"bilge water"

Dean Gotcher

Aristotle "teaches nothing other than that virtue is acquired by works, saying, 'By doing good we become good.' The Christian conscience curses this statement as bilge water of hell and says, 'By believing in a Christ who is good, I, even I, am made good: his goodness is mine also, for it is a gift from him and is not my work.' To sum up, in this you see the theology of all the schools condemned, speculative as well as practical, because they teach not Christ but human wisdom, which on their own admission they allege even creates the faith they call acquired faith. Woe to these lost and dreadful men of Sodom and Gomorrah!" "I greatly fear that the universities, unless they teach the Holy Scriptures diligently and impress them on the young students, are wide gates to hell." "I would advise no one to send his child where the Holy Scriptures are not supreme. Every institution that does not unceasingly pursue the study of God's word becomes corrupt." (Luther's Works: Vol. 44, The Christian in Society)

"We do not become righteous by doing righteous deeds but, having been made righteous, we do righteous deeds." "Thomas [Aquinas] wrote a great deal of heresy, and is responsible for the reign of Aristotle, the destroyer of godly doctrine." "Virtually the entire Ethics of Aristotle is the worst enemy of grace." "Miserable Christians, whose words and faith still depend on the interpretations of men and who expect clarification from them! This is frivolous and ungodly. The Scriptures are common to all, and are clear enough in respect to what is necessary for salvation and are also obscure enough for inquiring minds ... let us reject the word of man." "The sophists have imposed tyranny and bondage upon our freedom to such a point that we must not resist that twice accursed Aristotle, but are compelled to submit. Shall we therefore be perpetually enslaved and never breath in Christian liberty, nor sigh from out of this Babylon for our scriptures and our home?" "The sophists, nevertheless, rise proudly up, hold their ears, close their eyes, and turn away their heart just so that they may fill all ears with their human words, and alone may occupy the stage so that no one will bark against their assertion[s] ... The word of man is sacred and to be venerated, but God's word is handed over to whores ... the meaning of sin ... is dependent on the arbitrary choice of the sophists." "This theologian of glory, however, learns from Aristotle that the object of the will is the good and the good is worthy to be loved, while the evil, on the other hand, is worthy to hate." "... with the assistance of the mastermind Aristotle, they (Papal Church) decree further that the soul is "essentially the form of the human body" [which] make[s] it possible for them to hold fast to the human dreams and the doctrines of devils while they trample upon and destroy faith and the teaching of Christ." "It is just such a god that Aristotle, too, depicts for us, that is to say one who drowses (enjoying undisturbed blessedness in the contemplation of his own being) and lets all and sundry use and abuse his kindness and severity." "Here (Col. 2:8) it is clear that Paul wants Christ alone to be taught and heard. Who does not see how the universities read the Bible? ... it has been so bothersome to read and respond to this filth." "[P]hilosophy must be separated from theology. Philosophers and Aristotle are not able to understand or to define what the theological man is, but by the grace of God we are able to do it, because we have the Bible." "We say that philosophy knows nothing at all about man. Aristotle assumes a primum mobile or mover. Hence he concludes that all things are done by the prime mover with inner cooperation, and so dreams that the prime mover acts like a nursemaid who rocks the cradle of a child, yet admires herself. Thus Aristotle condemns us. In short, philosophers know nothing about God the creator and man made of a lump of earth.  Augustine says that he found all things in the Platonic books except this one thing, that the Word was made flesh. But Hermese Trismegistus composed that book of Plato and pilfered it all from the Gospel of John. That book reached Augustine and he was deceived by its persuasion."  [in his foot note concerning Tristmegistus, Luther writes: "Augustine has an  extensive discussion of Trismegistus in the City of God"]  (Luther's Works: Career of the Reformer)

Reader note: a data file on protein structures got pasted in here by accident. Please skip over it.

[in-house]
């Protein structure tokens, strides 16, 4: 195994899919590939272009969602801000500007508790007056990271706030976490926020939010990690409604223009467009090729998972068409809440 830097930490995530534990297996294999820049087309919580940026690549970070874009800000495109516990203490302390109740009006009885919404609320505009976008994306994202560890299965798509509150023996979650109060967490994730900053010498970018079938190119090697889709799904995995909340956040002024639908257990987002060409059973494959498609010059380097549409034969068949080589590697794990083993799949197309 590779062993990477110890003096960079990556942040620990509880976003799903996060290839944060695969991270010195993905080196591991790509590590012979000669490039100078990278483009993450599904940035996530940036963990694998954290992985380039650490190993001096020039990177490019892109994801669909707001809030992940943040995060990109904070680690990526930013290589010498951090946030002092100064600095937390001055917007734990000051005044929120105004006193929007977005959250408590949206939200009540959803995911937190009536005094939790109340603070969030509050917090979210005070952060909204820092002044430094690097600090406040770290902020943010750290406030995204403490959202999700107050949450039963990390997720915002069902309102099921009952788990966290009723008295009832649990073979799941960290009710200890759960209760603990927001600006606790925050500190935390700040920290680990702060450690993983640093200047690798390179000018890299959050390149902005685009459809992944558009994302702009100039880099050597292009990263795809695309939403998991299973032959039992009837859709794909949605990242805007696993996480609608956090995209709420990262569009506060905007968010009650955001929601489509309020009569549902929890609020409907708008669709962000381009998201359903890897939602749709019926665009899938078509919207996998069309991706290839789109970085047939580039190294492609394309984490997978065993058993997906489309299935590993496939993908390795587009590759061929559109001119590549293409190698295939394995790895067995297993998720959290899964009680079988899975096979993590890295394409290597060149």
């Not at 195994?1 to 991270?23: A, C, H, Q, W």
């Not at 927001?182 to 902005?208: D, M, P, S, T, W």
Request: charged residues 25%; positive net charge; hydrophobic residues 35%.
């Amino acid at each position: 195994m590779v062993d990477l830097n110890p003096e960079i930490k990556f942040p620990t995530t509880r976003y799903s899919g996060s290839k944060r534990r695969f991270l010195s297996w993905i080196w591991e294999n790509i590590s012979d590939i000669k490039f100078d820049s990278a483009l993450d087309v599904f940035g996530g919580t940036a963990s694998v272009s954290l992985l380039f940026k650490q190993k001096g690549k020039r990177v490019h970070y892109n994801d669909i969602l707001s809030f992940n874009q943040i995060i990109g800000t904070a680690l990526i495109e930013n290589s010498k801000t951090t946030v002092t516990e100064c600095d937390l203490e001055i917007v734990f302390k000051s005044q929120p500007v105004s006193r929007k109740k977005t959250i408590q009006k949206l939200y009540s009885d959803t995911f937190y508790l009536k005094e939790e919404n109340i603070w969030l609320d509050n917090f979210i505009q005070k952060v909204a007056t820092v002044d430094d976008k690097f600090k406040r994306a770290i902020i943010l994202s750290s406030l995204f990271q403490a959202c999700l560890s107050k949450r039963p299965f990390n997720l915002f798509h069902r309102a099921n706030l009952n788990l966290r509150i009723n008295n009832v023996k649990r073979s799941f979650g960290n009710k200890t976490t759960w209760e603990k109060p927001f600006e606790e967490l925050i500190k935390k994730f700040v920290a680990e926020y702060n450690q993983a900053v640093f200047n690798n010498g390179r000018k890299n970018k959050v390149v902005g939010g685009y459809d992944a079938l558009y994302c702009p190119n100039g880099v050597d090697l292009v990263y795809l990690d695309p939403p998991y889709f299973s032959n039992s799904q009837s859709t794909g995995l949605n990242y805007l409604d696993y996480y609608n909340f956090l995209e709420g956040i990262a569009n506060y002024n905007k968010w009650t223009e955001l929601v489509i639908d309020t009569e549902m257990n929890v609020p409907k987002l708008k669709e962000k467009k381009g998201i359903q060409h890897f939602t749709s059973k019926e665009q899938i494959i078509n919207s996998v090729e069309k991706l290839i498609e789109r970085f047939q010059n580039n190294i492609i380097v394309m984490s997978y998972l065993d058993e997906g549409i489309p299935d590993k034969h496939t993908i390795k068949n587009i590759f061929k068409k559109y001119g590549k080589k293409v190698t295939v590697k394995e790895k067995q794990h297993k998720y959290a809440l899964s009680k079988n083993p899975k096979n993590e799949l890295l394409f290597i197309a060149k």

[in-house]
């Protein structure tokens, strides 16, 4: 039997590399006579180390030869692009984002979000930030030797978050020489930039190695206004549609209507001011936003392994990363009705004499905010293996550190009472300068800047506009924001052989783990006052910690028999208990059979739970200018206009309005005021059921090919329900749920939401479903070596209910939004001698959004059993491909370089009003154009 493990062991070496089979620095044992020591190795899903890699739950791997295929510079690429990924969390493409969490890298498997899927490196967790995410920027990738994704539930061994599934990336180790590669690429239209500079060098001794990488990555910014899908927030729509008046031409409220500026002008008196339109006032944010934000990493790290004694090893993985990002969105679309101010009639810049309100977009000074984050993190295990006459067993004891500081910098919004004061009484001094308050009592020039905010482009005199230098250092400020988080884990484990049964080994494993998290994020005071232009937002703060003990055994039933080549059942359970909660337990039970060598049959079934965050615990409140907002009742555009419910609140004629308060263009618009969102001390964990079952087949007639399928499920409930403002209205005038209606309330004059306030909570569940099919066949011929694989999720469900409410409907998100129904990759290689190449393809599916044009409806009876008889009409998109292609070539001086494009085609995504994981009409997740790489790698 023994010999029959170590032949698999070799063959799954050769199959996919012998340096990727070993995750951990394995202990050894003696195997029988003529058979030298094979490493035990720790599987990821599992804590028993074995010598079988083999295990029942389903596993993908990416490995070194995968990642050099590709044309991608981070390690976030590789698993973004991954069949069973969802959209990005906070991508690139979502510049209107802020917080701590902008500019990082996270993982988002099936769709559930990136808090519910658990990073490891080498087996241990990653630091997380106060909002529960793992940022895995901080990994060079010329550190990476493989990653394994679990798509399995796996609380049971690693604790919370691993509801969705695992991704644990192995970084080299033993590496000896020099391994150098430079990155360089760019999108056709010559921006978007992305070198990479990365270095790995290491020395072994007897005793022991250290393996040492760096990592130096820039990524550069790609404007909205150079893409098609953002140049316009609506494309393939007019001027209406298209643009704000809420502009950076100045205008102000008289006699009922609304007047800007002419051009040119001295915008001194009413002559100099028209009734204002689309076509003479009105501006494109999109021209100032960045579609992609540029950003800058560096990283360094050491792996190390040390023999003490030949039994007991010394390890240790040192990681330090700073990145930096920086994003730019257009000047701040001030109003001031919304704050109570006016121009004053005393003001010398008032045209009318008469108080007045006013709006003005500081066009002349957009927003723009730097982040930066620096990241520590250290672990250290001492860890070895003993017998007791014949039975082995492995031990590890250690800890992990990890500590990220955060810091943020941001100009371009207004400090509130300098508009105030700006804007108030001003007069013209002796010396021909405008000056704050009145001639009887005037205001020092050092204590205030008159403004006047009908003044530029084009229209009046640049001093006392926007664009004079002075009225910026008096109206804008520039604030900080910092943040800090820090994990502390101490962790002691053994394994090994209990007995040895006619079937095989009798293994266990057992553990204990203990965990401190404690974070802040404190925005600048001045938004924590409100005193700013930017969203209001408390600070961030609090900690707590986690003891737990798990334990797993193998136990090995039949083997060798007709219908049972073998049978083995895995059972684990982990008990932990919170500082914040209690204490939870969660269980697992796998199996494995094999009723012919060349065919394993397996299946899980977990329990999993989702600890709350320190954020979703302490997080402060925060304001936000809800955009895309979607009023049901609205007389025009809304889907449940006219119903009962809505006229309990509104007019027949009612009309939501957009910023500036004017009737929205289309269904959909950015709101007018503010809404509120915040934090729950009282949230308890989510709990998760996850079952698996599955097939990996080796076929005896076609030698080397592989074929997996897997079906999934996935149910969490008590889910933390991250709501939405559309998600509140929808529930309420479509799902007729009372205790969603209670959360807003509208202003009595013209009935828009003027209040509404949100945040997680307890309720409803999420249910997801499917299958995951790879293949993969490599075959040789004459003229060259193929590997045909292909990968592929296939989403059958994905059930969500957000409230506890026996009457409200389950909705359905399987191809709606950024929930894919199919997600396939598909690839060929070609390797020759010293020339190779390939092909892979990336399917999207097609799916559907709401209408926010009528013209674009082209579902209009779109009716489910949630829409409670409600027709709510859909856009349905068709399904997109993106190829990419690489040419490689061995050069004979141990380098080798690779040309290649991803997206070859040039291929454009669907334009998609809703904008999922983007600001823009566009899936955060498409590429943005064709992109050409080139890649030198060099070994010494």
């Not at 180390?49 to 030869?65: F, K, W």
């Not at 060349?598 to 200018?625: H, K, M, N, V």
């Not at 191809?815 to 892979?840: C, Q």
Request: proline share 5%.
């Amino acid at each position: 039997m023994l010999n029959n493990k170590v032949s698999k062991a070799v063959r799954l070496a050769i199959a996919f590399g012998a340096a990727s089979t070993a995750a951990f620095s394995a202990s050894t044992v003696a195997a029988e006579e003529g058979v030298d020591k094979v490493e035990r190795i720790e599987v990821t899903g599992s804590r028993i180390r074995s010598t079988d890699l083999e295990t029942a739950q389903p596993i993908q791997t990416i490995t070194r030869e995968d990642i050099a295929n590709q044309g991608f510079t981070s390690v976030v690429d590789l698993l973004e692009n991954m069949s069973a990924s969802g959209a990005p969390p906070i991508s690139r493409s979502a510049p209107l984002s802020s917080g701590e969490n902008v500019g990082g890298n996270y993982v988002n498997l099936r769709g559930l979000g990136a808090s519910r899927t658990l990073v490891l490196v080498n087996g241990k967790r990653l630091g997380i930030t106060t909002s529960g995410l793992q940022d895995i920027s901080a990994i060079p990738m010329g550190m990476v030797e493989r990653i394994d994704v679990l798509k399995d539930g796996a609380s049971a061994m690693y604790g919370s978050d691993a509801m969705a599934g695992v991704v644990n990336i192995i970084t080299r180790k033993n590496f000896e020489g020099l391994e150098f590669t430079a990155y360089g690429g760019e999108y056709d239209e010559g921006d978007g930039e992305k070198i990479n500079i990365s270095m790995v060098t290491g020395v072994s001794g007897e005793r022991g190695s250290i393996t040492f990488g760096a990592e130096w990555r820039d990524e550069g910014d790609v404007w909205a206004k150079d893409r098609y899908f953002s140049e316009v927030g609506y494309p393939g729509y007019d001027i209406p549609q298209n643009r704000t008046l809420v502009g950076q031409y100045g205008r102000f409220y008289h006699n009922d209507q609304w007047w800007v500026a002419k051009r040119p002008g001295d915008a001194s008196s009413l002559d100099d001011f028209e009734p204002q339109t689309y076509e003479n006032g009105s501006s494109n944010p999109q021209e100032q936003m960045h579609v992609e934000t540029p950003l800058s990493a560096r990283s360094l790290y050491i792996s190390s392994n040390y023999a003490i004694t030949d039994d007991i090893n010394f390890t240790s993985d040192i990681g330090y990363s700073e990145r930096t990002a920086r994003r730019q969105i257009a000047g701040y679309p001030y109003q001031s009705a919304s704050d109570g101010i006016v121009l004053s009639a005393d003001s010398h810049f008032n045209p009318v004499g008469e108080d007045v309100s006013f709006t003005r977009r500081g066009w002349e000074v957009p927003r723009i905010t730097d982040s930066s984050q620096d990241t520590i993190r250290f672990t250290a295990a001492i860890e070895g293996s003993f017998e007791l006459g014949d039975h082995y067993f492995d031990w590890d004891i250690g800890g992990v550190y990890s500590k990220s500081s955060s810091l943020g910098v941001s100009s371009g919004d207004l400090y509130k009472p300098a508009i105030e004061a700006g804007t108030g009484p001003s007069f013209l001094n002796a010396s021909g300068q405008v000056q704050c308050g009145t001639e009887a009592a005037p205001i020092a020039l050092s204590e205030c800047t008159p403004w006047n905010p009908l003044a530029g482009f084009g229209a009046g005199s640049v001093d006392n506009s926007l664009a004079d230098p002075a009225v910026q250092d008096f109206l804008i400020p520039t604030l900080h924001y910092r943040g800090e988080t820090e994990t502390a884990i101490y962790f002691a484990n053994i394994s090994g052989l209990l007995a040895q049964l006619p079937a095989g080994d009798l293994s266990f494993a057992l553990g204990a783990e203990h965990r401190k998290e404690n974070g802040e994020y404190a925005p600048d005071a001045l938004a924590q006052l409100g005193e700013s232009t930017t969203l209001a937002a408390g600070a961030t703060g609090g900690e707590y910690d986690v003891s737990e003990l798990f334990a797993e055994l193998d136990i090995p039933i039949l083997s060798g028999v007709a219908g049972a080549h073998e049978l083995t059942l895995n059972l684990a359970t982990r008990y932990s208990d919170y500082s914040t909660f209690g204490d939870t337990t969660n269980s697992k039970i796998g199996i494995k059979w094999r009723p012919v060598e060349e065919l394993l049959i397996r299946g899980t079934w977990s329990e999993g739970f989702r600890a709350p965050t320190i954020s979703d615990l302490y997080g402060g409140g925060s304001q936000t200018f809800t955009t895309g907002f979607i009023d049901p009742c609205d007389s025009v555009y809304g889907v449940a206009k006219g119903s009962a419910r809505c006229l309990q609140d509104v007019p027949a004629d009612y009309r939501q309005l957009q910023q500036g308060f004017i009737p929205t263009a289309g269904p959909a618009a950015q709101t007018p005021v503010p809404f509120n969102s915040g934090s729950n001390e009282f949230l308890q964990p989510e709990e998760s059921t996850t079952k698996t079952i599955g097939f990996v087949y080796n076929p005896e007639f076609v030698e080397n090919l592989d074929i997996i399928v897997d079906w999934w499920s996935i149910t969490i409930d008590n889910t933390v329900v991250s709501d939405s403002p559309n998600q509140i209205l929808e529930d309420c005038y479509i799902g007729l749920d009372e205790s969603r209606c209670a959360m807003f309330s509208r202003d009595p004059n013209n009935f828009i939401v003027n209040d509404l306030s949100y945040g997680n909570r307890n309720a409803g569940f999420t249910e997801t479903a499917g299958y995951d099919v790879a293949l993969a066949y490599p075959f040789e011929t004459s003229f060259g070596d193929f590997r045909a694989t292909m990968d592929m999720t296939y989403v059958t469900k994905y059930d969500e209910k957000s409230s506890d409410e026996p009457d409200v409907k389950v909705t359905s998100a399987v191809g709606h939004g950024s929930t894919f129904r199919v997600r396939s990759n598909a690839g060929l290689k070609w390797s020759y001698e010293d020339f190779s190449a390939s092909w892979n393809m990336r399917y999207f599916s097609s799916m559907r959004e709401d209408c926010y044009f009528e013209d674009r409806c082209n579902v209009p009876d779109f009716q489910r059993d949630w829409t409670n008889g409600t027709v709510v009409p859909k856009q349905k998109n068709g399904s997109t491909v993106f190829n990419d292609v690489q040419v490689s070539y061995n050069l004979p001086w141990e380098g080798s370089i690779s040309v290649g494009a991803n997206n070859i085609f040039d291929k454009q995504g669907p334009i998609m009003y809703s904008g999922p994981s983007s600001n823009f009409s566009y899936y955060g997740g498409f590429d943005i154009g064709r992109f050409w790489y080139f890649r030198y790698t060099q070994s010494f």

Concerning Trismegistus: "That which is Below corresponds to that which is Above, and that which is Above, corresponds to that which is Below, to accomplish the miracles of the One Thing." (The Emerald Tablet of Hermes Trismegistus, translated by Dennis W. Hauck) "The Hermetic tradition was both moderate and flexible, offering a tolerant philosophical religion, a religion of the (omnipresent) mind, a purified perception of God, the cosmos, and the self, and much positive encouragement for the spiritual seeker, all of which the student could take anywhere." (Tobias Churton The Golden Builders: Alchemists, Rosicrucian's, and the First Freemasons)

© Institution for Authority Research, Dean Gotcher 2017